It’s critical for agencies to leverage broadband to improve the performance and extend the coverage of their radio systems by connecting radio and smartphones with LMR to LTE interoperability. This powers Mission Critical Push-to-Talk (MC-PTT) applications and delivers not just voice but files, imagery, and video to the first responder. Coordinated communications make for stronger and more effective police, whether they are responding to emergencies or building community relationships.
Read how the State of New Hampshire implemented interoperability here.
There is an old expression “to be forewarned to be forearmed.” Rich media delivery means police can know what they are heading into and be better prepared. That’s the definition of superior situational awareness.
For example, access to cameras in a mall shooting could arm police with the critical information they need to overcome the shooter minutes faster- saving lives. With True Interoperability, not only can an image of the shooter be shared with those arriving on-scene, but police will be better prepared when they get on the scene with information about what direction the shooter is traveling, what type of weapon he/she is armed with, how many people may be injured and more. It is unprecedented to share this type of information across agencies in the few minutes of a mass casualty event. Once LMR to LTE interoperability has been set up, police agencies can push all the intelligence once trapped inside a Real-Time Crime Center (RTCC) to the first responder.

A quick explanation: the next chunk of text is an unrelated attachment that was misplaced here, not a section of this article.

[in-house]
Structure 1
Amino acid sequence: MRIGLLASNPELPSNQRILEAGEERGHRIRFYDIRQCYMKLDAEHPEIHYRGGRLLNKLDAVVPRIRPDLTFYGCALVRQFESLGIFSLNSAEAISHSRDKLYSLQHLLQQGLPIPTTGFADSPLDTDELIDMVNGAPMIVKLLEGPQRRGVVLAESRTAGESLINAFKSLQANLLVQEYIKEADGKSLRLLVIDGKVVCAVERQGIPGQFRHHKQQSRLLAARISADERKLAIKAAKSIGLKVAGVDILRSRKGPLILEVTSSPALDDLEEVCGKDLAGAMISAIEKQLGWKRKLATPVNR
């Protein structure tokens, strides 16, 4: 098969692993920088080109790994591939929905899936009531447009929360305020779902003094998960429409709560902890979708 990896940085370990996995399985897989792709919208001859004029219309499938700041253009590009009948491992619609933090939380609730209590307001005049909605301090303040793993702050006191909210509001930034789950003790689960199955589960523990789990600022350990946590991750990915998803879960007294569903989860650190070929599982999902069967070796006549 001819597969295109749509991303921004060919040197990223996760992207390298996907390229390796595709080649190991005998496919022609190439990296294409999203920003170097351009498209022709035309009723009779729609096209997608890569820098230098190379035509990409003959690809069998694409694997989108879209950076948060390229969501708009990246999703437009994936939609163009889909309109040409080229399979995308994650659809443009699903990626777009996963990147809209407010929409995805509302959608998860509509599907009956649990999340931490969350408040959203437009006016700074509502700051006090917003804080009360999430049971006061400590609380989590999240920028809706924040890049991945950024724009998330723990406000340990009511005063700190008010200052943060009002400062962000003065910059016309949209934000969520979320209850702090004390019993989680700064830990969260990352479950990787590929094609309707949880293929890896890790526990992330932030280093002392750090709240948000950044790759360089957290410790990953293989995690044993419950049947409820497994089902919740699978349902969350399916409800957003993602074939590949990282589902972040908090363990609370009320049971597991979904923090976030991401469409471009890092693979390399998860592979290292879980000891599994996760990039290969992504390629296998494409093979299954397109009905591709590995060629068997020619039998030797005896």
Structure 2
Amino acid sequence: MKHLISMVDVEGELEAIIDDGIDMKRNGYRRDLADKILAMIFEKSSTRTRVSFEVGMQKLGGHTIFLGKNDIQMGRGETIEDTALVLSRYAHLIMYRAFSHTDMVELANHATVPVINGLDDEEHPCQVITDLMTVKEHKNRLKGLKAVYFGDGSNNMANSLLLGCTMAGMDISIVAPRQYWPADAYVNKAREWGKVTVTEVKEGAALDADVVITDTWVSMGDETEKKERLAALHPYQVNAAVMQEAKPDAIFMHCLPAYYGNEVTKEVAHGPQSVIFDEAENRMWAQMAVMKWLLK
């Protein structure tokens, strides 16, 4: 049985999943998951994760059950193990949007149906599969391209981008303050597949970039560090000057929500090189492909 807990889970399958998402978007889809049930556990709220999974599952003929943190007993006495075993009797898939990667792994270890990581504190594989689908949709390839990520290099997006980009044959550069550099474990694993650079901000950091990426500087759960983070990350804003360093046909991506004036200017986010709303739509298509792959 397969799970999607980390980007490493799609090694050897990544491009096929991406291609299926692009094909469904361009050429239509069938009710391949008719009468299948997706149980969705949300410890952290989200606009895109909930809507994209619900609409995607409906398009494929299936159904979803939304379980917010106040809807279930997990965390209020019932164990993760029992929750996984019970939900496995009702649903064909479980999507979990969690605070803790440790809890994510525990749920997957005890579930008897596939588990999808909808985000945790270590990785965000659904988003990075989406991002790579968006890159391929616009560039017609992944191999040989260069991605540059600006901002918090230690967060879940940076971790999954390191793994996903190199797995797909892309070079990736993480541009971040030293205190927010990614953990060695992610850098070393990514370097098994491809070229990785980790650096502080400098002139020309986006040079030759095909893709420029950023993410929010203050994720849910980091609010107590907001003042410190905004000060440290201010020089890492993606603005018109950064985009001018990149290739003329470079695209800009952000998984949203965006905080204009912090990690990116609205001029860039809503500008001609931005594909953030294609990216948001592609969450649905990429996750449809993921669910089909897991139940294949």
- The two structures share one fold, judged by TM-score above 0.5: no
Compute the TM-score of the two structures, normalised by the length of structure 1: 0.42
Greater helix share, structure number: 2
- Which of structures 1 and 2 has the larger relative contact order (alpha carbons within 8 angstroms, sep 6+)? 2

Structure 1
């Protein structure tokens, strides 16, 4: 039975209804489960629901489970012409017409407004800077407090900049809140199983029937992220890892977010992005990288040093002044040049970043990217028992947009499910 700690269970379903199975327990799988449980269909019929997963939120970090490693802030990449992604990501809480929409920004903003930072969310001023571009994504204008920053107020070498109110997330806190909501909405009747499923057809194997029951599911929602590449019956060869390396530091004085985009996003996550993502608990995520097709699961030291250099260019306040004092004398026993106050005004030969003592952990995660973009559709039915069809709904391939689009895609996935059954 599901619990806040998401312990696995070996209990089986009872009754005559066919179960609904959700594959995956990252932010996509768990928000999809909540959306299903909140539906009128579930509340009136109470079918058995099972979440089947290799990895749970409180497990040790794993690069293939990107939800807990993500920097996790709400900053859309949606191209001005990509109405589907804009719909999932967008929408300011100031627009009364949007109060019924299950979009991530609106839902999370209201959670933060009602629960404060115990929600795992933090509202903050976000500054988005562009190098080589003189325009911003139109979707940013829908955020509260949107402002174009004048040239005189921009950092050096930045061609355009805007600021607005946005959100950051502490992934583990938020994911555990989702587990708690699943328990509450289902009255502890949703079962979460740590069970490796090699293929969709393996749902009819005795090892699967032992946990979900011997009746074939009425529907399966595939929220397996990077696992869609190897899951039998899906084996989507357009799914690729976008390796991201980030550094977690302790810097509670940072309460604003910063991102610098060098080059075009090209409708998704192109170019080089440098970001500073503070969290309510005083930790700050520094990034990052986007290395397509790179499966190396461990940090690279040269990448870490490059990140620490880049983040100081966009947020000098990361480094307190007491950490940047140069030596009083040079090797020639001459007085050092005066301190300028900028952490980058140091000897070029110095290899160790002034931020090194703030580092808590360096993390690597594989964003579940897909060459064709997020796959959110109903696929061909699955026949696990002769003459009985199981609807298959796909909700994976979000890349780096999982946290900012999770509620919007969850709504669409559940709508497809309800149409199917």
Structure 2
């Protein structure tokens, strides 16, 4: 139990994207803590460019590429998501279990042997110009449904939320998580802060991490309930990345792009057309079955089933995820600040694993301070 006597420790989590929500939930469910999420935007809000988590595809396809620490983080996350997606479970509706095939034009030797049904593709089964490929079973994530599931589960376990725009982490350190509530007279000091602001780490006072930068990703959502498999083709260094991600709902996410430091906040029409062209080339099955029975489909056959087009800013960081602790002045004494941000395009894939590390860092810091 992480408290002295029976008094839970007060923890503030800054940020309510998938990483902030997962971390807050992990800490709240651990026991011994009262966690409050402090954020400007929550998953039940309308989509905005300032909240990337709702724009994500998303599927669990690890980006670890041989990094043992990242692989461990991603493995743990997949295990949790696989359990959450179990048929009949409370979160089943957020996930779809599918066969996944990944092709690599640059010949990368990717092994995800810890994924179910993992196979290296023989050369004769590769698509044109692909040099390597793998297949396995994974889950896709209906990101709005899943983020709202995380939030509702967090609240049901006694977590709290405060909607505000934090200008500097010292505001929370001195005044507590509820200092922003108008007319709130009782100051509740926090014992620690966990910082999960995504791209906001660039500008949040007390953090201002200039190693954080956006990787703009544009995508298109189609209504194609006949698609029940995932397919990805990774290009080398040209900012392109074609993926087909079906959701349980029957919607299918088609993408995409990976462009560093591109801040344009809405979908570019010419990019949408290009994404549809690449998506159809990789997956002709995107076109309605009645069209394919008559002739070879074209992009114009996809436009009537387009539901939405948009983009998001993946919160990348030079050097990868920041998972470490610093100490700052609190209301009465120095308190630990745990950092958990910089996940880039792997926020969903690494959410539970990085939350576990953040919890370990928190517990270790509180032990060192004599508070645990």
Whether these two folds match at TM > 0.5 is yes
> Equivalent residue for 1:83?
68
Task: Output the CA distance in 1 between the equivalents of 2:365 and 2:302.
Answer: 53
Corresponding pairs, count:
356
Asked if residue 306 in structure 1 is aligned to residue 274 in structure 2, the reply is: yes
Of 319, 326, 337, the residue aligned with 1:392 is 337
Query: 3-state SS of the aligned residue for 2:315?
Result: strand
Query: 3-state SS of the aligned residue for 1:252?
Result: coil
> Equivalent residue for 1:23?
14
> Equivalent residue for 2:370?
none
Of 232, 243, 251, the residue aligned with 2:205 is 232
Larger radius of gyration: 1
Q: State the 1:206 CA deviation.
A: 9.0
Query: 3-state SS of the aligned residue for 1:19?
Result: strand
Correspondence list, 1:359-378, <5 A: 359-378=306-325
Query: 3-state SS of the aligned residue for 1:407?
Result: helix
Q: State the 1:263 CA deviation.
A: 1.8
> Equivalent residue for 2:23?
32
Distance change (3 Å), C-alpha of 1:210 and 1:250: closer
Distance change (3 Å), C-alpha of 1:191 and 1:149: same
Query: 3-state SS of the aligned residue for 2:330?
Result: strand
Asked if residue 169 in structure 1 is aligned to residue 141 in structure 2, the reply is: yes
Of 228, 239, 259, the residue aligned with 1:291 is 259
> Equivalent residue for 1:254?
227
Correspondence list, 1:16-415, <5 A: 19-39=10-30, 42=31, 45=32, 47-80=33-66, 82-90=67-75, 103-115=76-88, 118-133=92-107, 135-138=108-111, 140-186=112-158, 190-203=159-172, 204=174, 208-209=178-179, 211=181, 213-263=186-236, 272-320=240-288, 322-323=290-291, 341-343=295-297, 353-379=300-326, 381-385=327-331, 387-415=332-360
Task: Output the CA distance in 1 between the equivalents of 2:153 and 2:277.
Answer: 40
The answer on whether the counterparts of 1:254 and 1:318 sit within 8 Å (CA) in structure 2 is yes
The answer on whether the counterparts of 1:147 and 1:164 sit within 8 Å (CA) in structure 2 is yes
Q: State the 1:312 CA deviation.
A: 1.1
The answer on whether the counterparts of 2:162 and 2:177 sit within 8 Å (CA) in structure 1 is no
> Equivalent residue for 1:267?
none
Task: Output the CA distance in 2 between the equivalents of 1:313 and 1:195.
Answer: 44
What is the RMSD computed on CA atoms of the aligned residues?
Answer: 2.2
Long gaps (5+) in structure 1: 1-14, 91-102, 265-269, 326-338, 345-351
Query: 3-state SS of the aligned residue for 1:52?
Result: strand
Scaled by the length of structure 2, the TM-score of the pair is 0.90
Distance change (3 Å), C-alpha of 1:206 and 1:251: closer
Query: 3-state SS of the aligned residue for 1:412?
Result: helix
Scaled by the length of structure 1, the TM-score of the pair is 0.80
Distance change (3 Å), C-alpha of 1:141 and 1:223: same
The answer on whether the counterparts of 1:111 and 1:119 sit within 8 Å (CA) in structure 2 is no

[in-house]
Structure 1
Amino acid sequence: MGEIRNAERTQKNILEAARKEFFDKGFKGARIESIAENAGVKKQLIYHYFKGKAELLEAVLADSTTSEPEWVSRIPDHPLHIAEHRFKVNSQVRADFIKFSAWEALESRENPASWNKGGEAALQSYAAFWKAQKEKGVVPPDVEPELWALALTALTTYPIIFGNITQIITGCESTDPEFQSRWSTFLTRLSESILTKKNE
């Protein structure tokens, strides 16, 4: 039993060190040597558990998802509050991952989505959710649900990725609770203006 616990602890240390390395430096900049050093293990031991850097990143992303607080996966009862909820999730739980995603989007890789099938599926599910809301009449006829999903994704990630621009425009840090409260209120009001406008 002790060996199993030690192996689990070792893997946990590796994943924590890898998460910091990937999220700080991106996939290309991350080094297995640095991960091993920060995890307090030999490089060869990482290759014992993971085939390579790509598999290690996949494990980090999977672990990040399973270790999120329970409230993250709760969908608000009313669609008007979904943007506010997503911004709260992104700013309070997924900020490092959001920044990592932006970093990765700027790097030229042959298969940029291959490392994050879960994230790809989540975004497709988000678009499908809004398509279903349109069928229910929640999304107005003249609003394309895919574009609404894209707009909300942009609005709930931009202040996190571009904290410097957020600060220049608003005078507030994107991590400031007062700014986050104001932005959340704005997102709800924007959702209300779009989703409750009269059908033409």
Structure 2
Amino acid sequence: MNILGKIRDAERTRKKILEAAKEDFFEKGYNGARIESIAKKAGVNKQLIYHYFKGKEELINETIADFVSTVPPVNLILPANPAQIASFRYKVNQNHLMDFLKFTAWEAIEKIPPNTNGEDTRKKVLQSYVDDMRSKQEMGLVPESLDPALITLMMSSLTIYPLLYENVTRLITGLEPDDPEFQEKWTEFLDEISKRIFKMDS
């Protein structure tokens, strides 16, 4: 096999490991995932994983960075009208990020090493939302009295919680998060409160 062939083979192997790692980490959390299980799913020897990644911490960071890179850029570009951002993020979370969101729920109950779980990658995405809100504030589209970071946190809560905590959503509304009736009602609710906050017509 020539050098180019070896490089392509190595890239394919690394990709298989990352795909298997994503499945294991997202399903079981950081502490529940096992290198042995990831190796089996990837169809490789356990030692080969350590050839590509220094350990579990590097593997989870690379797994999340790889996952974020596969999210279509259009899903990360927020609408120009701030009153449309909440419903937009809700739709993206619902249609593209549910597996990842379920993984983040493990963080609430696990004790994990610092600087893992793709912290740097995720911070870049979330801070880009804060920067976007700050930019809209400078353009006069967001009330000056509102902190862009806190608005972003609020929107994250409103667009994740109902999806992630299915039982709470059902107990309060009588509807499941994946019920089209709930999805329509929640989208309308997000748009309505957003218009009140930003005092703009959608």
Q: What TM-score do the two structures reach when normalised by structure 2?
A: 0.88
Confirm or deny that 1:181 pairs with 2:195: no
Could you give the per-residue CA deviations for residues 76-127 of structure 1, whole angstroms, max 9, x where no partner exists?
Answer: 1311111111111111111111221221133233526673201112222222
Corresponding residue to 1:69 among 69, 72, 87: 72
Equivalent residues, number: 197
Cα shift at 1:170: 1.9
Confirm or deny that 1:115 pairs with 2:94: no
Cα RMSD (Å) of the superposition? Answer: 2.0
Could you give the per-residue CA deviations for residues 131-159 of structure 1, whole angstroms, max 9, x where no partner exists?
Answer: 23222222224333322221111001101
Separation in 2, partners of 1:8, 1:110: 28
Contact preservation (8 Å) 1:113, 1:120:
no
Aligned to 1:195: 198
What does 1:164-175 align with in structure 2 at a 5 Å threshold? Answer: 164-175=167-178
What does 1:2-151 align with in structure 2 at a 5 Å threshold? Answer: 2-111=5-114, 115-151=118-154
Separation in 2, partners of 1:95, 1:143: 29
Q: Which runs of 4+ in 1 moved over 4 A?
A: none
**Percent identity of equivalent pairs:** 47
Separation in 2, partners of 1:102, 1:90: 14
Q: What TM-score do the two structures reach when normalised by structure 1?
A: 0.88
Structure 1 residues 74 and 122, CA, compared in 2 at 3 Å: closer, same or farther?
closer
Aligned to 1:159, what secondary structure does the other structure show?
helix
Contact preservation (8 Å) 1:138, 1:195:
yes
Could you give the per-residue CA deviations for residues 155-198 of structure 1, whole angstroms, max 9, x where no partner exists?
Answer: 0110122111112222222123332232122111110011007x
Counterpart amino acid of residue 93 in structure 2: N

School emergencies are another example. With the right technology, responders can be talking to personnel inside the school, sharing video, floor plans, and the location of the intruder(s) – all before arriving at the scene.
Bridging voice, video, IoT systems, and data communications into a single platform that instantly bridges voice communications and creates data and video interoperability among first responders improves situational awareness and makes for improved police response - every day and in any emergency.
Mutualink’s LNK360™ is the leading interoperability solution for smart communities, public safety agencies, schools, private enterprise security, hospitals, and critical infrastructure. Our technology and quality of service enable police to customize and configure advanced interconnectivity solutions.
Available as a software download, LNK360 is not a “rip and replace” solution. It uses an agency’s current communication assets and can be scaled to incorporate new devices as needed. Connect to our network via public or private LTE, satellite, or terrestrial broadband.
Mutualink’s technology is unique because it allows agencies to keep exclusive control over their communication assets by deciding in real-time what is shared, with whom, and when. Mutualink solves the most complex interoperability challenges while giving agencies total freedom to improve response:
Mutualink is trusted by thousands of public safety agencies nationwide and manages FEMA’s Interoperable Gateway System (IGS), which is part of the U.S Government’s National Continuity Program (NCP). Mutualink is the only multimedia interoperable communications product that is Safety Act certified by the Department of Homeland Security.
There has never been the ability to deliver more on-scene intelligence to the officer. Bridging voice, video, and sensor data through interoperability in law enforcement make for safer officers and more resilient communities. For more information on our public safety solutions, click here.
Dan Willingham is Mutualink’s Executive Director of SLED Sales. Dan's experience includes 7 years of active duty service in the US Air Force specializing in Logistical and Operational Support throughout many operations in USAFE and 15 years of public safety solution leadership.